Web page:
The European Space Agency's (ESA) Mars Express mission has stumbled on a bizarre sighting on the Red Planet – a triplet of craters overlapping each other. According to ESA, the craters, which the space agency described as "particularly unusual", were formed during the very earliest days of the Solar System.
ESA offered two explanations for how the bizarre craters appeared on there. According to the first hypothesis, the Red Planet was struck by three celestial bodies that accidentally landed on the same spot. According to the second hypothesis, Mars was hit by one celestial body that subsequently broke into three pieces before colliding with the planet. ESA said this theory implies that during its early days Mars had a far denser atmosphere that was hard to penetrate.
"This points towards an early Mars that was far warmer and wetter than the cold, arid world we see today. Observations from numerous missions are supporting this view and returning evidence that water once flowed across the Red Planet in large amounts, revealing features such as old river valley networks and large lake basins thought to have formed in the Noachian period", the space agency said in a statement.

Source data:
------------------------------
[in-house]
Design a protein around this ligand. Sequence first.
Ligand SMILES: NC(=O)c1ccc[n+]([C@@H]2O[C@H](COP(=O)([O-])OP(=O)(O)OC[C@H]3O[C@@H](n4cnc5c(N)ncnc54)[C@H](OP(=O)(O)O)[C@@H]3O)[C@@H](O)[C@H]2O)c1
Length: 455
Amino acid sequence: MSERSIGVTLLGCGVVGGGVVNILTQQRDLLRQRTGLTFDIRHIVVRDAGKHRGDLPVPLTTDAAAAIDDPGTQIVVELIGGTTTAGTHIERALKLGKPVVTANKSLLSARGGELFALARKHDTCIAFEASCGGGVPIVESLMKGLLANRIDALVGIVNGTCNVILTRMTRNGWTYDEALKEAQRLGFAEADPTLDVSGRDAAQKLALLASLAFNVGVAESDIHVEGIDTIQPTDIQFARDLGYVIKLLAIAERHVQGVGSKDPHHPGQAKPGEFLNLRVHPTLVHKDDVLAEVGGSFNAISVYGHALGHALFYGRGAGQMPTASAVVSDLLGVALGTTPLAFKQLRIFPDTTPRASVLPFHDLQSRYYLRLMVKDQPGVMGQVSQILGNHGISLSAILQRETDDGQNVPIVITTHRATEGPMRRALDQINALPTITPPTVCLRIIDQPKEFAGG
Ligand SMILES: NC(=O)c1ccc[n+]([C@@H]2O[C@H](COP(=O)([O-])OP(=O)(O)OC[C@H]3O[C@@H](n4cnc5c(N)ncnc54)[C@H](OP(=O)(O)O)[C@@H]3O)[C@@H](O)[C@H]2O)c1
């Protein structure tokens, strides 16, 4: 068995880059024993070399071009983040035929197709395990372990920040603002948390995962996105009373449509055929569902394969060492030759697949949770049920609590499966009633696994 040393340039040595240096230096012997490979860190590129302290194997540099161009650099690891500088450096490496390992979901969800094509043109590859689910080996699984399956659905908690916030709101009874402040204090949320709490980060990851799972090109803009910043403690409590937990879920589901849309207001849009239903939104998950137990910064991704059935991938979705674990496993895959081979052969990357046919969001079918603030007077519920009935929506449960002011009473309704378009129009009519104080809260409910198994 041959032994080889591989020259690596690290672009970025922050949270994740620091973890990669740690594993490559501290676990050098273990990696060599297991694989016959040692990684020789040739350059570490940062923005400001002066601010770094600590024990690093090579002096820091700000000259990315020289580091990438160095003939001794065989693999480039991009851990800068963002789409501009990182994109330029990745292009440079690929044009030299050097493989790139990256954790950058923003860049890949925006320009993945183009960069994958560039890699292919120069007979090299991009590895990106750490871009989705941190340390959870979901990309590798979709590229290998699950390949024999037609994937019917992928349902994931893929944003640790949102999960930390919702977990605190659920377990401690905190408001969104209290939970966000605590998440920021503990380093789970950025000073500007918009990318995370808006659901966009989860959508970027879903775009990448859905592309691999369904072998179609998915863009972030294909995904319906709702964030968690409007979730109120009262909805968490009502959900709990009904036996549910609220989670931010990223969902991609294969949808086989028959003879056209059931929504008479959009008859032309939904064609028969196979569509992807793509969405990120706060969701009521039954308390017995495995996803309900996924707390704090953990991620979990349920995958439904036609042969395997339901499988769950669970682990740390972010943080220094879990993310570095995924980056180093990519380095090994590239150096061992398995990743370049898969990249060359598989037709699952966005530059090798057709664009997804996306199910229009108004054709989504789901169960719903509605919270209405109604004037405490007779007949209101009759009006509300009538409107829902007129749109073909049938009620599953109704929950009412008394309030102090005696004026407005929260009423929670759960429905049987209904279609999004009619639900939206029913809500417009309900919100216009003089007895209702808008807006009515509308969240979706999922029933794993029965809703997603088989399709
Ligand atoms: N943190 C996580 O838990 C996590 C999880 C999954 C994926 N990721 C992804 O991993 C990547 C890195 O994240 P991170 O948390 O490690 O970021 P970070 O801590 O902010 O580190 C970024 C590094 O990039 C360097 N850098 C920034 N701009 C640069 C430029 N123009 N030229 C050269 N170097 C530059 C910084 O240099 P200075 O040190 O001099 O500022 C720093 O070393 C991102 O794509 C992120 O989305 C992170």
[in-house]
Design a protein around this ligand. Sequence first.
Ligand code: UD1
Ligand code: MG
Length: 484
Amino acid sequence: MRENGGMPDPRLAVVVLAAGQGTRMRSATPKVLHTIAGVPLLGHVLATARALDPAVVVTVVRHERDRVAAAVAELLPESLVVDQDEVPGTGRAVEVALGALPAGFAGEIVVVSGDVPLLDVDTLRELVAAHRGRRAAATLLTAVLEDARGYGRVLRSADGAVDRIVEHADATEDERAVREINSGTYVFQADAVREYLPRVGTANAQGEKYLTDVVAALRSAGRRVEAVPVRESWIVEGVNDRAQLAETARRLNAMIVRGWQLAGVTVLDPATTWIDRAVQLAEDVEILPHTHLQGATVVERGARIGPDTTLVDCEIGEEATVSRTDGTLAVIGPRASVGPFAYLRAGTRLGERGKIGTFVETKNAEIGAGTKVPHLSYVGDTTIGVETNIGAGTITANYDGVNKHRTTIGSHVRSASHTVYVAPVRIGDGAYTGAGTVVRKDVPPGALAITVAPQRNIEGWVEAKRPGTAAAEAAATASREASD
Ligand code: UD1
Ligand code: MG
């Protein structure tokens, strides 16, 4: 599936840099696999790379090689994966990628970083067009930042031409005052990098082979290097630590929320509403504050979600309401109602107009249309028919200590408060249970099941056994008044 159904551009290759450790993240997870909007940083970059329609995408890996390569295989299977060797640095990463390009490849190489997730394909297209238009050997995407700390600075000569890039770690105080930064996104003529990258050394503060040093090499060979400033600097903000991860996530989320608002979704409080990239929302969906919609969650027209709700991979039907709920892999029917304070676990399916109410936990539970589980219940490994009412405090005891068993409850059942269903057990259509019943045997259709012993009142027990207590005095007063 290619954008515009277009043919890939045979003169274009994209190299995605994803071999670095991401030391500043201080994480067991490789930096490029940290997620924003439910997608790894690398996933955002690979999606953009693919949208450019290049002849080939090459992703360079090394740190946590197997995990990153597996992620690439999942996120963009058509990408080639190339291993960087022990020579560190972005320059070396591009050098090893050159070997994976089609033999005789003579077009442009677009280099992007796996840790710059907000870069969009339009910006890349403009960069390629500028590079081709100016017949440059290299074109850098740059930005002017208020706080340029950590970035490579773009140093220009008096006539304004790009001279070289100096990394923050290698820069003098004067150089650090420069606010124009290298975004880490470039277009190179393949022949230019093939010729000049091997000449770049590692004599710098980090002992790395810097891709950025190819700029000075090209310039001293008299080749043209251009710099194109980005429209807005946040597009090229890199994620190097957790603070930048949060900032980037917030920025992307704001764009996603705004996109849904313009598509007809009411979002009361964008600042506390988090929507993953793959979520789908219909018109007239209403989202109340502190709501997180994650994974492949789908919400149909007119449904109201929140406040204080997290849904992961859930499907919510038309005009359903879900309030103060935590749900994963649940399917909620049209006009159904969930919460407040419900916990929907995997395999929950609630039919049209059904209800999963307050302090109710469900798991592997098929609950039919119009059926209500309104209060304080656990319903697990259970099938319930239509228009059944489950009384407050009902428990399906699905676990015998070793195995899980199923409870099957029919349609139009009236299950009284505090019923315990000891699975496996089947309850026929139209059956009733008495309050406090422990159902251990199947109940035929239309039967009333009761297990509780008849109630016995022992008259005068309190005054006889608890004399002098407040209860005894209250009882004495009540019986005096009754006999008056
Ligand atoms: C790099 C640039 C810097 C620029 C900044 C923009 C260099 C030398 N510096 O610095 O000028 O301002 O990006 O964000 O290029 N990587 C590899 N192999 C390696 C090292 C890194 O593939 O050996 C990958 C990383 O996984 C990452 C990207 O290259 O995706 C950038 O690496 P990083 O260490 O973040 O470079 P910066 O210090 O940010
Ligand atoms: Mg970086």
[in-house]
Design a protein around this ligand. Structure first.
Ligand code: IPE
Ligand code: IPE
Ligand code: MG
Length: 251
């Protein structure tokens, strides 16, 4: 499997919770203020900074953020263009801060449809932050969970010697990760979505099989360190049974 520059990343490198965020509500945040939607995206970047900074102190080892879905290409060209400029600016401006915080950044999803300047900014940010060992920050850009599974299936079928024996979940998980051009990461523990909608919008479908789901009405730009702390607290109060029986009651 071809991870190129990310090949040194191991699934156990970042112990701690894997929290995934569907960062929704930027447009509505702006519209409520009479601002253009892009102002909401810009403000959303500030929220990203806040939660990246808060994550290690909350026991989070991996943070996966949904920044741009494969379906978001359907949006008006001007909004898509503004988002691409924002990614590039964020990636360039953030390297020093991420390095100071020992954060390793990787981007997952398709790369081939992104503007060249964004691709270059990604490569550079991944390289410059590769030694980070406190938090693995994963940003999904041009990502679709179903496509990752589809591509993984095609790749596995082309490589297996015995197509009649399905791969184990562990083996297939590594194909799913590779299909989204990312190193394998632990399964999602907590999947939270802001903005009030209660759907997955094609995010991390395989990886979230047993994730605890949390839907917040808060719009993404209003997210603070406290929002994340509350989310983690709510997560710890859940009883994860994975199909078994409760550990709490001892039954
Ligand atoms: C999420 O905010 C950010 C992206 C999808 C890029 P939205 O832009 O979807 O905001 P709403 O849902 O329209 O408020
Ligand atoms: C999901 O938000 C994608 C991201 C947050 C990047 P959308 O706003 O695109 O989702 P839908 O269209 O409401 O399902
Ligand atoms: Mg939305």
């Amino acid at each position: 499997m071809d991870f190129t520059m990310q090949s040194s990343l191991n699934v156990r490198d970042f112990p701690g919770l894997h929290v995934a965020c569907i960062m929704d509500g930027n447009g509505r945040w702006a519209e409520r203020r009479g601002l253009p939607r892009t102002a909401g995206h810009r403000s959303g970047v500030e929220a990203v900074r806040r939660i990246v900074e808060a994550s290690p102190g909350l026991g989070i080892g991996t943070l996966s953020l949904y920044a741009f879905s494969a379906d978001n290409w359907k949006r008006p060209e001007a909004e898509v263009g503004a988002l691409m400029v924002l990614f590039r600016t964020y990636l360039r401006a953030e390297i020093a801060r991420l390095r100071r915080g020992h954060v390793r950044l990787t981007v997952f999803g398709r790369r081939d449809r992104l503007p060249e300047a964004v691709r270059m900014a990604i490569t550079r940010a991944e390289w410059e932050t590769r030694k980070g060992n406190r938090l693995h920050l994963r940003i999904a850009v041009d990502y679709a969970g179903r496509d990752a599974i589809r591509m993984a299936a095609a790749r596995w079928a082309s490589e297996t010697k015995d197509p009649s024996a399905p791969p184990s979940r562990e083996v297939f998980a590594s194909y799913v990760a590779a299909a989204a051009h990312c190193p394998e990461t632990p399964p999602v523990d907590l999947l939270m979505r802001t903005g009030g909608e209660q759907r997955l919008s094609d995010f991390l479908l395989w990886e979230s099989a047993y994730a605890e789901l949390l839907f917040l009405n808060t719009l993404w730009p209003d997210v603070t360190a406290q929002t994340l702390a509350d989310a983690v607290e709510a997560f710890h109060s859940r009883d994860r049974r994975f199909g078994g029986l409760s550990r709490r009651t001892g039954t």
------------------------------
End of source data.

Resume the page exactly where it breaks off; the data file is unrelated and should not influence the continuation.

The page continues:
ESA said the smallest crater measures 28 kilometres (17 miles) across, while the largest is 45 kilometres (27 miles). According to the space agency, there is evidence that the craters contain ice. The smallest crater has marks that "are typically created as ice and debris creep across a surface". Like other ancient craters discovered on Mars, the trio shows signs of erosion and have been filled with sediment since their formation.
The Mars Express space mission has been studying the Red Planet since 2003. The mission consists of the Mars Express orbiter packed with cameras and spectrometers and the Beagle 2 lander, which performs exobiology and geochemistry research. Together with other space missions sent to the Red Planet, the Mars Express will not only reveal more details about Mars and its evolution, but also about our planet and the Solar System.